Firearms Simulation

Each day, law-enforcement officers must make instantaneous decisions on life-and-death situations. To help officers train for such a difficult task, Florida's Indian River County Sheriff's Department is using Range 2000, a computer/digital video simulation system.

A video projection -- controlled by a trainer -- creates realistic scenarios that confront the officers. The action of the video images is manipulated by the trainer based on what action the officers take. Scenarios provide either a "give up," "escalate" or "re-escalate" situation.

For the training, a small laser is installed on the officer's weapon. The system also allows officers to train in the use of pepper spray.

Law enforcement agencies can customize their own scenarios to serve their needs.

The system was originally designed for military combat training.

For additional information, contact IES, 8031 N. Academy Blvd., #322, Colorado Springs, CO 80920. Call Creg Otte at 719/481-2549.

Also contact Indian River County Sheriff's Department. Call Pete Kersey at 561/569-6700 x405.


Nonstop Weigh Station

To reduce traffic congestion, accelerate delivery, reduce in-line idling and waste of fuel and time, PrePass allows trucks to be weighed and checked for their state-required safety regulations as they approach a weigh station at highway speed. Thirty-two sites throughout the nation currently use PrePass.

PrePass weigh stations utilize an automatic vehicle classification (AVC) system, employing weigh-in-motion (WIM) sensors and automatic vehicle identification (AVI) antennas. As a truck passes over the WIM sensors, the distance between axles is measured and the weight of each axle or combination of axles is recorded and used to calculate the truck's total gross weight. The in-cab transponder identifies the truck to the weigh-station computer.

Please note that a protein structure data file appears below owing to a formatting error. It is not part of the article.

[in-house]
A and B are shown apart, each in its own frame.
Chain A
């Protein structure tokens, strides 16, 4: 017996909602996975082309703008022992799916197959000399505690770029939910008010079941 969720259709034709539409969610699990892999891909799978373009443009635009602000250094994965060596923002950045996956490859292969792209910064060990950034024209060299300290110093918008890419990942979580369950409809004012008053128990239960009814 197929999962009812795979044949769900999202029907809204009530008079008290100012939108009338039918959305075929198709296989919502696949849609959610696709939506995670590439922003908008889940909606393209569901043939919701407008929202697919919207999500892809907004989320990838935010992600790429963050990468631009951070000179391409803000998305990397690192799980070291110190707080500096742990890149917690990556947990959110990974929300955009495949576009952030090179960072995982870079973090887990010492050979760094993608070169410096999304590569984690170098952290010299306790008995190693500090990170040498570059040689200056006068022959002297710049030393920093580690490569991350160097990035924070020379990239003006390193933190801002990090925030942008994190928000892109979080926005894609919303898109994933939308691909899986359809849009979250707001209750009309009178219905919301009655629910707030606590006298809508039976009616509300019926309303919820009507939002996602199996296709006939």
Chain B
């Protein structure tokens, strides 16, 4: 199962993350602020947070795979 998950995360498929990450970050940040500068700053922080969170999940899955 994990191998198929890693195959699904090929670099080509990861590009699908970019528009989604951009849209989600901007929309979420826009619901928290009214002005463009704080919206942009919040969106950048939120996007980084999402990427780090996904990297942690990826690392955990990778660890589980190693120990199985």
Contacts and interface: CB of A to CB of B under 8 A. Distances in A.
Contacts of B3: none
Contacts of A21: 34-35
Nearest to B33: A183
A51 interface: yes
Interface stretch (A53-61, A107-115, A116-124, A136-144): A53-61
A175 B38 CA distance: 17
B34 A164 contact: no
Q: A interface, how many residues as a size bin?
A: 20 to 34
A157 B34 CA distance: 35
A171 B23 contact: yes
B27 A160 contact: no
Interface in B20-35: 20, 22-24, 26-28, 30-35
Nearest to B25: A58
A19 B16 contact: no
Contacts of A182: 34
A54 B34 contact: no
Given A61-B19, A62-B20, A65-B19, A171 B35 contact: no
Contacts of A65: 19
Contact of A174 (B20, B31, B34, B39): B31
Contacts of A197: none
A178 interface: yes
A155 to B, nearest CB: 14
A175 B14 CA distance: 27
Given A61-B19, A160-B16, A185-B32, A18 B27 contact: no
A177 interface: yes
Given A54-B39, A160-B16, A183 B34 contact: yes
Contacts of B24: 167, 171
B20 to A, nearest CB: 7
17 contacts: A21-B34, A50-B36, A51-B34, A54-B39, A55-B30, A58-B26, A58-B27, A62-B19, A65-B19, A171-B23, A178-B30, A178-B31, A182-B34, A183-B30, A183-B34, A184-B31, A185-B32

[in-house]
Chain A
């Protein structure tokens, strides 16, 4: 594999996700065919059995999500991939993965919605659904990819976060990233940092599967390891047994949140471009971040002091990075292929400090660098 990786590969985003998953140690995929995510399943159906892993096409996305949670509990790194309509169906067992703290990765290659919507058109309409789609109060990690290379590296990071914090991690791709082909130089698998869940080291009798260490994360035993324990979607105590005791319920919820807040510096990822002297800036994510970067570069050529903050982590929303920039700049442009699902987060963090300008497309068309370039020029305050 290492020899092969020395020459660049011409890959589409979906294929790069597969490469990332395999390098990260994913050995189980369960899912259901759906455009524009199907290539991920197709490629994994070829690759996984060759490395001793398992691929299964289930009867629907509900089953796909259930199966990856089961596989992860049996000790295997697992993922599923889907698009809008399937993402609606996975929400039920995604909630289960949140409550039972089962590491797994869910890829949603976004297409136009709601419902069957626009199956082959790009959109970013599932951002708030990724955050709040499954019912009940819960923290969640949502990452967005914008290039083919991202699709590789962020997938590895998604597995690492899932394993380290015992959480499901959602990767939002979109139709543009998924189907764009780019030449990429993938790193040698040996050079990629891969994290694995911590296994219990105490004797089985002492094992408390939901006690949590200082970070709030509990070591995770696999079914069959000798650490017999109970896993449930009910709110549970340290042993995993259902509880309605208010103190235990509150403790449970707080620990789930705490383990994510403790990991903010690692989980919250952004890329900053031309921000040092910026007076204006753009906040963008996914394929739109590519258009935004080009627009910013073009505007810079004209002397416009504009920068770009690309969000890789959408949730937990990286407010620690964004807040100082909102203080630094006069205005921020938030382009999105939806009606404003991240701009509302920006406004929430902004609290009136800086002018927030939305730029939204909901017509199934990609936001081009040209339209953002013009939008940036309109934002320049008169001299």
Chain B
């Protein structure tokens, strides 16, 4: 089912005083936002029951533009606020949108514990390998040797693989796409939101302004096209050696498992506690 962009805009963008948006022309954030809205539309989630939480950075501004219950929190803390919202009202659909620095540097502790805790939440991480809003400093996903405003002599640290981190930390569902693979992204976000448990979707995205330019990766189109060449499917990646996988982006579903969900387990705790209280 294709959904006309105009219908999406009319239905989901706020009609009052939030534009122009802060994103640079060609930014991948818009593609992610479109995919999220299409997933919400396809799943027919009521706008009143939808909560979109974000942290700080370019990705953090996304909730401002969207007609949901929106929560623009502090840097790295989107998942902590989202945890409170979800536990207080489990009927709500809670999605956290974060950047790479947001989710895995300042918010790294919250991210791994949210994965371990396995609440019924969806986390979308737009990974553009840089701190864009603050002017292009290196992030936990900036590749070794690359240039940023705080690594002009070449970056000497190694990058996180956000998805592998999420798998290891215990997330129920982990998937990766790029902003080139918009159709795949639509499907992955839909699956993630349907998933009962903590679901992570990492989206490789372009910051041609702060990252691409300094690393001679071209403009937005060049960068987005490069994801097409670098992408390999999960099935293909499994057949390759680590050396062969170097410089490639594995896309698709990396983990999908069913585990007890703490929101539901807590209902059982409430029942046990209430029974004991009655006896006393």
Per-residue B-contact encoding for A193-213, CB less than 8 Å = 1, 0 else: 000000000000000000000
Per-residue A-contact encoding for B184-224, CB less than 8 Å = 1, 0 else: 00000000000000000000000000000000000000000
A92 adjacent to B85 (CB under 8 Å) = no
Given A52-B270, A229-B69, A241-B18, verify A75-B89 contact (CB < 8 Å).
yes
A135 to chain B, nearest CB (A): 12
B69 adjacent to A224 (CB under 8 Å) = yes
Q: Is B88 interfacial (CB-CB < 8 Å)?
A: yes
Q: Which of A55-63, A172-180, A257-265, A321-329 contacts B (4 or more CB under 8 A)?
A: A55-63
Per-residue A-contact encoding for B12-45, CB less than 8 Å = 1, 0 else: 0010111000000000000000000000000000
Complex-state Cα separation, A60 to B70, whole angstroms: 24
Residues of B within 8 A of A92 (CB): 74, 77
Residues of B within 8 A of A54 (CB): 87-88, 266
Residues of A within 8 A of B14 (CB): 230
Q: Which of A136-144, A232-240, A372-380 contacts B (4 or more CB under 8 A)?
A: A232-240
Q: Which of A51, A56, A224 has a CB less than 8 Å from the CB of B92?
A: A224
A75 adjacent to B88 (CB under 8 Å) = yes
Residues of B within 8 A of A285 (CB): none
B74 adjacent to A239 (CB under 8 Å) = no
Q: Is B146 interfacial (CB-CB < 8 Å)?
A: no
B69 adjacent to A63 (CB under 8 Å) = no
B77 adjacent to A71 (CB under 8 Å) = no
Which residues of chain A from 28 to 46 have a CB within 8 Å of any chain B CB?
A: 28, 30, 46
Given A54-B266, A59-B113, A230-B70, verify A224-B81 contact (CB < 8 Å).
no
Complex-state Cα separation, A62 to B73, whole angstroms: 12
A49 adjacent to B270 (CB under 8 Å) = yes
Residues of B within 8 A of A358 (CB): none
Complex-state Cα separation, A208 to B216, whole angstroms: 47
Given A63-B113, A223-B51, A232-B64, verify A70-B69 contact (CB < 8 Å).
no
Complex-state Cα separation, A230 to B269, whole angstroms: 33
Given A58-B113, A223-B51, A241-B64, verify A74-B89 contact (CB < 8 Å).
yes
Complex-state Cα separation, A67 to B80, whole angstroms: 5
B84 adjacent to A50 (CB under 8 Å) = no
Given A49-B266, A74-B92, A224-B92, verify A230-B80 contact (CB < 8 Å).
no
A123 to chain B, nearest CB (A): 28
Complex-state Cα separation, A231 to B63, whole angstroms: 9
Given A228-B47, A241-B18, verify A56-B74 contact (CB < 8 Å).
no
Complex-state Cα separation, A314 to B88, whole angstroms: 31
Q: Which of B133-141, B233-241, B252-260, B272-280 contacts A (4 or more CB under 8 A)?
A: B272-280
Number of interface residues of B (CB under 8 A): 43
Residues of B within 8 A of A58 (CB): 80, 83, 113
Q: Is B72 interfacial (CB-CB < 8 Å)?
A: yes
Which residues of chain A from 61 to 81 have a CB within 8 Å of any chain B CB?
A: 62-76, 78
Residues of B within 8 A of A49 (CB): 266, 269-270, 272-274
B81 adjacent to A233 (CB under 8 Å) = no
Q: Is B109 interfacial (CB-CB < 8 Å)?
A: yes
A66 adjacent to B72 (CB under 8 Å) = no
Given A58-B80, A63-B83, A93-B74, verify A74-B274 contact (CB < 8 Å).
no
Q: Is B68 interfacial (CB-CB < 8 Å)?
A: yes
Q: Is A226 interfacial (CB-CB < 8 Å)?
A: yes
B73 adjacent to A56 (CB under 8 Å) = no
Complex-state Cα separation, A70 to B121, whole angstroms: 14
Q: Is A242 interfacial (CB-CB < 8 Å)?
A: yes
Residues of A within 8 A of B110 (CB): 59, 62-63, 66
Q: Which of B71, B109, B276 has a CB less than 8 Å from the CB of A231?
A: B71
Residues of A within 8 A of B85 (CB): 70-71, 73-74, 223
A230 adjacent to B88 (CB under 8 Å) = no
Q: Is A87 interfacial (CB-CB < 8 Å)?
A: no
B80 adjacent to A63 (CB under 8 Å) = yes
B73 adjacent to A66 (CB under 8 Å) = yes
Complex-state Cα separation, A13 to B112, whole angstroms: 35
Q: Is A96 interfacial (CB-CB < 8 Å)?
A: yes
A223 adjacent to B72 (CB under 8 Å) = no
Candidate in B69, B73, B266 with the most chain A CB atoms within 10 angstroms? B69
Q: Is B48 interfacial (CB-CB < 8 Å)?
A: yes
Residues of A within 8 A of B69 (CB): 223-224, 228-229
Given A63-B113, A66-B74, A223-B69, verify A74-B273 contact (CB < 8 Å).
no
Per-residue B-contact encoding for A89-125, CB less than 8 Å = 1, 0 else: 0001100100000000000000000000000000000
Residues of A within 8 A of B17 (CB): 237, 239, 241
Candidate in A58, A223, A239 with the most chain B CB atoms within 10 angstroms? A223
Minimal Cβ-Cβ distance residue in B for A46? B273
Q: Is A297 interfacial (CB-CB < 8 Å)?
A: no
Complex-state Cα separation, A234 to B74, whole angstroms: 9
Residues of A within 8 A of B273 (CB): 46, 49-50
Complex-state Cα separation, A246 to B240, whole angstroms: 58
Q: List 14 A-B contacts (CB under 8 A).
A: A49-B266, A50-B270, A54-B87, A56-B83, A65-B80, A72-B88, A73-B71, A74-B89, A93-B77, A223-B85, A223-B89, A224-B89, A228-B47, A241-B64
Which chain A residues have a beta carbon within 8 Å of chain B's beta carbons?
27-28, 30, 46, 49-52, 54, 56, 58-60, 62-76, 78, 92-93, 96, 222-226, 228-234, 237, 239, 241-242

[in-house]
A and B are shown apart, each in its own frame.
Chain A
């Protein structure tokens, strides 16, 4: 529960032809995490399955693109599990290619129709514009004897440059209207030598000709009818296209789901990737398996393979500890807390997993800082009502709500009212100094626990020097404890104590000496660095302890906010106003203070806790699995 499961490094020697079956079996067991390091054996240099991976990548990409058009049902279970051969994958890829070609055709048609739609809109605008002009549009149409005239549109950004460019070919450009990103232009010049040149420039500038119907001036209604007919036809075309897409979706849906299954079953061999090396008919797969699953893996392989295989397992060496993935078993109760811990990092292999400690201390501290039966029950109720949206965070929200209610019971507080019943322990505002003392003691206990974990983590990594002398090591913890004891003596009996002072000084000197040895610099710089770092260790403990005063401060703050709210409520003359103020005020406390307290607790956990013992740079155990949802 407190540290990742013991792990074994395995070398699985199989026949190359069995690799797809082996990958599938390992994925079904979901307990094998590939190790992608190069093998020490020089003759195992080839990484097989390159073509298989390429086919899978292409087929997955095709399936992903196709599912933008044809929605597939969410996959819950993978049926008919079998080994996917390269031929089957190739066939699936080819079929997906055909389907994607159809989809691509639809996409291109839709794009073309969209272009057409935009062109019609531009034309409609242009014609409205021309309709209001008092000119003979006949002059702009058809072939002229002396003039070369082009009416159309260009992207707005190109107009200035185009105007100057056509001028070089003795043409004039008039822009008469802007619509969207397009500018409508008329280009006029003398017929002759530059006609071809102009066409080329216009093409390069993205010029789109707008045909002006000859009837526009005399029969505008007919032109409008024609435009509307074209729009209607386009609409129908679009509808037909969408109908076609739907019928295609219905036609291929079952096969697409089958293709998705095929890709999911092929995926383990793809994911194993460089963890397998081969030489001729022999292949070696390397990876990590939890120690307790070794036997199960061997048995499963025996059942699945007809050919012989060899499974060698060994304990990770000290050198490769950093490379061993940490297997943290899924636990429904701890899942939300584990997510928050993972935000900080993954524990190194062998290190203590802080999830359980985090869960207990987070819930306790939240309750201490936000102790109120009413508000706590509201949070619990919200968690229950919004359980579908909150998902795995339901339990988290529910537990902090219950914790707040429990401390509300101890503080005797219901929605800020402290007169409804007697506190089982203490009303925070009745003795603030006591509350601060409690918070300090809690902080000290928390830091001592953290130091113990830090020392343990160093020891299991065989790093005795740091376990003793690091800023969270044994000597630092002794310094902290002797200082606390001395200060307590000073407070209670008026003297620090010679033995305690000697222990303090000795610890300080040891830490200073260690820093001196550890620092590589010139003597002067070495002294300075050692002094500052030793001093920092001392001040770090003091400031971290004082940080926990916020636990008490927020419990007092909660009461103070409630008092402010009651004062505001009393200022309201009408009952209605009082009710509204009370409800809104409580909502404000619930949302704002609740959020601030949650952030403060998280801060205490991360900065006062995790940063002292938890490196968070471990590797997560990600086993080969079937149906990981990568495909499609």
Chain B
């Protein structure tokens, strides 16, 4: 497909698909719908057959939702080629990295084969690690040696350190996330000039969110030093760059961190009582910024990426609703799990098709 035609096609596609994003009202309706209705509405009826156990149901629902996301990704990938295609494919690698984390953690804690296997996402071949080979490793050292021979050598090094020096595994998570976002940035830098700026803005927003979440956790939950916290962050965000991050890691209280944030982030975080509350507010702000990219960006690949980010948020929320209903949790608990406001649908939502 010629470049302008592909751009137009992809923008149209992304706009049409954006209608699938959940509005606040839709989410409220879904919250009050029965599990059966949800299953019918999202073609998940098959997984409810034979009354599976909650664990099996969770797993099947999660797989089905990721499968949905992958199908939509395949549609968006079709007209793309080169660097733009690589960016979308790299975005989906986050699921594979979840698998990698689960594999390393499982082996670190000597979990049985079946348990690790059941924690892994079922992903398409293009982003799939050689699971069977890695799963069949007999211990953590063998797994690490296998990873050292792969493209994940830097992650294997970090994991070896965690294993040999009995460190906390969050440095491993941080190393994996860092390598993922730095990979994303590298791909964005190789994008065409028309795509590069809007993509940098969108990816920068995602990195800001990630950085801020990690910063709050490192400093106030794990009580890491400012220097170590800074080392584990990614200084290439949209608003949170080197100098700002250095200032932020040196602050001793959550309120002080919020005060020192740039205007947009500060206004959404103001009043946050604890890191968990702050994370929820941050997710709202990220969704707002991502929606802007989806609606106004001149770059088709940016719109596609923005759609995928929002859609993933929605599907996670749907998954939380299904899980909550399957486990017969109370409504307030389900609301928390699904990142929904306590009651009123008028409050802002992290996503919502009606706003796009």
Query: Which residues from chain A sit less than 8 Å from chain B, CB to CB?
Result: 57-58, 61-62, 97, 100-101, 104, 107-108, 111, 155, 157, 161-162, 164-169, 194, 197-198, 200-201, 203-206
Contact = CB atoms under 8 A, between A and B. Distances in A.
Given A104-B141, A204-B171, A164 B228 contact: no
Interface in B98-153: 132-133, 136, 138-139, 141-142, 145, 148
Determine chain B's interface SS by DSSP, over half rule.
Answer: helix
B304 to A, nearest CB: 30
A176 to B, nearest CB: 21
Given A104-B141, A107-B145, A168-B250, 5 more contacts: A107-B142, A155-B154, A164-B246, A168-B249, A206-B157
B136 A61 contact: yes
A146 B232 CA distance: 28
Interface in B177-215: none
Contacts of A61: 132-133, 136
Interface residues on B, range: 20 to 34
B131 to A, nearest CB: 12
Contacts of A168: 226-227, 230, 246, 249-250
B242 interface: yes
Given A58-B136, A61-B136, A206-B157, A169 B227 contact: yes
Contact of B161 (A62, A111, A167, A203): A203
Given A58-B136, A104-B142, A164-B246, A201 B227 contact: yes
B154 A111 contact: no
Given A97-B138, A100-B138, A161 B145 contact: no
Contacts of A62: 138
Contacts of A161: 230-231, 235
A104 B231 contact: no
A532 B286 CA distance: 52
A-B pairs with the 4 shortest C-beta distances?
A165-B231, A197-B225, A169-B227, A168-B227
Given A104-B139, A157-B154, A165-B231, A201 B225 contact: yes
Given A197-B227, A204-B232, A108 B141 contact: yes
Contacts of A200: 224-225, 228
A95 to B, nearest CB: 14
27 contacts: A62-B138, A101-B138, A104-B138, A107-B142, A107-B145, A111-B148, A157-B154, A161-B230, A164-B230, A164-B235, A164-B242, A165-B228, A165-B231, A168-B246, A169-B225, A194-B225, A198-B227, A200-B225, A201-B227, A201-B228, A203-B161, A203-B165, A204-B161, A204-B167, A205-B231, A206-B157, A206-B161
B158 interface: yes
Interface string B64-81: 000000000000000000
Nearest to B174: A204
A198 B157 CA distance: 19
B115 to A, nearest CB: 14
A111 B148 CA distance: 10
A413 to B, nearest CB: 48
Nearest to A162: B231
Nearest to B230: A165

After the truck is weighed and credentials are verified, a vehicle-to-road communications (VRC) antenna at the site communicates bypass status to the driver via the in-cab transponder. The in-cab transponder is installed approximately two inches to the right from the center of the windshield and three inches from the top. Bypass status to the driver is communicated via a green or red light and audio signal. By watching the in-cab transponder, a driver knows immediately whether to bypass or pull into a weigh station.

A monthly statement is mailed to the drivers/couriers, providing

date, time, recorded weight and other statistics.

Only the safest carriers can subscribe to PrePass.

For additional information, contact PrePass, 881 Martin Avenue, Santa Clara, CA 95050-2903. 800/773-7277..


Safe Approach

To ensure a precision approach and a safe landing, Air China will equip 10 of its Boeing 777 aircraft with the Collins Series 900 Multiple-Mode Receivers (MMR).

MMR allows for the integration of an Instrument Landing System (ILS), a Microwave Landing System (MLS) or a Global Positioning Satellite (GPS), allowing airlines to operate in any instrument flight environment. Both ILS and GPS support two or more landing systems standards.

For additional information, contact Collins Commercial Avionics, Rockwell International Corporation, 400 Collins Road NE, Cedar Rapids, IA 52498. Call Thomas Walsh at 319/295-8485.


Is It Windy?

The Kestrel Pocket Wind Meter allows users to accurately measure wind speeds between 0.7mph and 89mph.

Wind speed can be converted into a variety of units -- knots, meters per second, kilometers per hour, miles per hour and feet per minute -- to serve a variety of applications, such as fire fighting, law enforcement and Coast Guard operations.

It features a liquid-crystal display and has three operating modes: wind speed, average wind speed and maximum wind speed. Two buttons control every function. An auto shutdown feature activates 30 minutes after the last key entry.

The meter is waterproof and shock resistant. It weighs 1.5 ounces and is powered by a replaceable coin cell with a typical life of 400 hours.